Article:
What is a Cold Solder Joint?

Solder 
2 Answers
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Raghav - ERF

Jan 11, 2021

A Cold Solder Joint occurs when solder fails to melt entirely to form a proper joint. A cold solder joint or an improperly formed joint can be the trigger for reliability problems of an electronic assembly. Cold solder joints increase the electrical resistance of the solder joints, and hence reduce the reliability of the solder joints.

There are a number of factors that can cause cold solder joints. These include:

  • Improper melting or reflow or wetting of solder at the joints
  • Disturbances such as vibrations while the solder is cooling
  • Too high a process temperature causes the flux to break down prematurely
  • Too low a process temperature at the solder joint - can lead to incomplete wetting
  • Unmatched geometry of the components

Cold solder joints can be detected by visual checking or using a magnifying glass. Primarily, a cold solder joint could look dull, whitish, and convex, or deformed, which is very different from a proper solder joint.

Another way to detect a cold solder joint is by using a Multimeter. Since one of the effects of a cold solder joint is an increase in resistance. A Multimeter can be used to test for this – It can be used to test for an increase in electrical resistance or test the continuity of the circuit.

However, the detection of cold solder joints gets more challenging when a lead-free soldering process is used. So it is best to try and avoid these cold solder joints from arising.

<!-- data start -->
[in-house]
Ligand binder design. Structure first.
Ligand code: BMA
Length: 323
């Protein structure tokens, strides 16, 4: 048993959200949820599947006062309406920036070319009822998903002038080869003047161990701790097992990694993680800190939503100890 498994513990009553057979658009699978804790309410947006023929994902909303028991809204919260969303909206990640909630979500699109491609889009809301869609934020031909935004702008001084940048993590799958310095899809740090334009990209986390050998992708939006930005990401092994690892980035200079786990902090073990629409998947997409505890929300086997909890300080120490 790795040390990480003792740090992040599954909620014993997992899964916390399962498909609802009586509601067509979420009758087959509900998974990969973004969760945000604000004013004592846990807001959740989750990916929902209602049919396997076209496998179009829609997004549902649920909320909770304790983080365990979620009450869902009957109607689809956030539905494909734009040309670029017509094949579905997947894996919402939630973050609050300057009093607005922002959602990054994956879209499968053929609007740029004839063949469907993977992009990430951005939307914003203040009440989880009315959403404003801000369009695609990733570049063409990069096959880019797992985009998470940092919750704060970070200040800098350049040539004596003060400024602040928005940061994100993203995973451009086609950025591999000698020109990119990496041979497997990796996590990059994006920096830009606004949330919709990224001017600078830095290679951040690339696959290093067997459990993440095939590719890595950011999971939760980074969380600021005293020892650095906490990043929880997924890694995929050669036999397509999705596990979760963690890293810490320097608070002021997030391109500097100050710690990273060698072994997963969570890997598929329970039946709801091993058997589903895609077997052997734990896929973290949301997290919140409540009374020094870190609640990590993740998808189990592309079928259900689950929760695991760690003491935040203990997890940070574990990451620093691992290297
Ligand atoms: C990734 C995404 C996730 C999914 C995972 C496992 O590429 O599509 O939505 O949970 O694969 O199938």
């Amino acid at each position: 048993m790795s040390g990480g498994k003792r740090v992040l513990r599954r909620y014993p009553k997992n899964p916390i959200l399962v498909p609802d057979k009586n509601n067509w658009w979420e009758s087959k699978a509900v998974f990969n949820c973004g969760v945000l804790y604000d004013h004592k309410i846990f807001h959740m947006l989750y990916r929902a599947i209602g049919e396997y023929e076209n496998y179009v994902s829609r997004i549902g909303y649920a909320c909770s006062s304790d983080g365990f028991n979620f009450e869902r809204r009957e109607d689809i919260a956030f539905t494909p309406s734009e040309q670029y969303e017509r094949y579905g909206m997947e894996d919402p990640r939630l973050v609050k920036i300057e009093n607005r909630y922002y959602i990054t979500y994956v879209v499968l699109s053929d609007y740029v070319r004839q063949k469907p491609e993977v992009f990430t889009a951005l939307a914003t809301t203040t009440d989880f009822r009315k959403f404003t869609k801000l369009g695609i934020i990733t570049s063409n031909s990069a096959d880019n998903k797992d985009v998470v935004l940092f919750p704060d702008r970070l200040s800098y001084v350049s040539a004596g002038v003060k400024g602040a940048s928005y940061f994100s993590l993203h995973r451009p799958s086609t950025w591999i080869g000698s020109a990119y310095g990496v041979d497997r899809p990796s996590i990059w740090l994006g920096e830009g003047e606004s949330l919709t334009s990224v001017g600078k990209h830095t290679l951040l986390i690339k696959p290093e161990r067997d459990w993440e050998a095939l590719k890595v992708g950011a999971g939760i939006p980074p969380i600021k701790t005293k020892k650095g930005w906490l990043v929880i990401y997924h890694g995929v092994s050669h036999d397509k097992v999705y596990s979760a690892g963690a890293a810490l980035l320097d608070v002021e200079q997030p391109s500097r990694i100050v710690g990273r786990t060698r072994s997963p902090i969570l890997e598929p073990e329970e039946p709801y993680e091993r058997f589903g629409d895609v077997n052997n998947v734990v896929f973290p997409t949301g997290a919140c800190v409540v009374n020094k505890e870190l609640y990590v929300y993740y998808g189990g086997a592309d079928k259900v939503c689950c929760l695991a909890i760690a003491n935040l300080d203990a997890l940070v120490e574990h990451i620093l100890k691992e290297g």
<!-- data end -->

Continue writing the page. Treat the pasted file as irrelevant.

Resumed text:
Here are a few things that you can do to avoid cold solder joints:

  • Use an appropriate reflow profile as per the solder manufacturers' specification
  • The peak temperature must be set of at least 15°C above the melting point of the solder alloy for more than 45 seconds.
  • Try to identify any vibration sources that can cause the solder to spread unevenly
  • Use a good quality solder paste - alloy analysis should be done to check for contaminants

Raghav - ERF

Jan 11, 2021

The cold solder joints can be detected by visual checking or using a magnifying glass. A cold solder joint usually looks dull, whitish, and convex, or deformed, which is very different from a proper solder joint.

This how different a Cold Solder joint looks from a proper solder joint. 

Figure 1 - shows a properly soldered joint that is shining, bright, and concave in shape.

Figure 2 - Shows a Cold Solder joint that is dull looking, whitish, convex, and deformed in shape.

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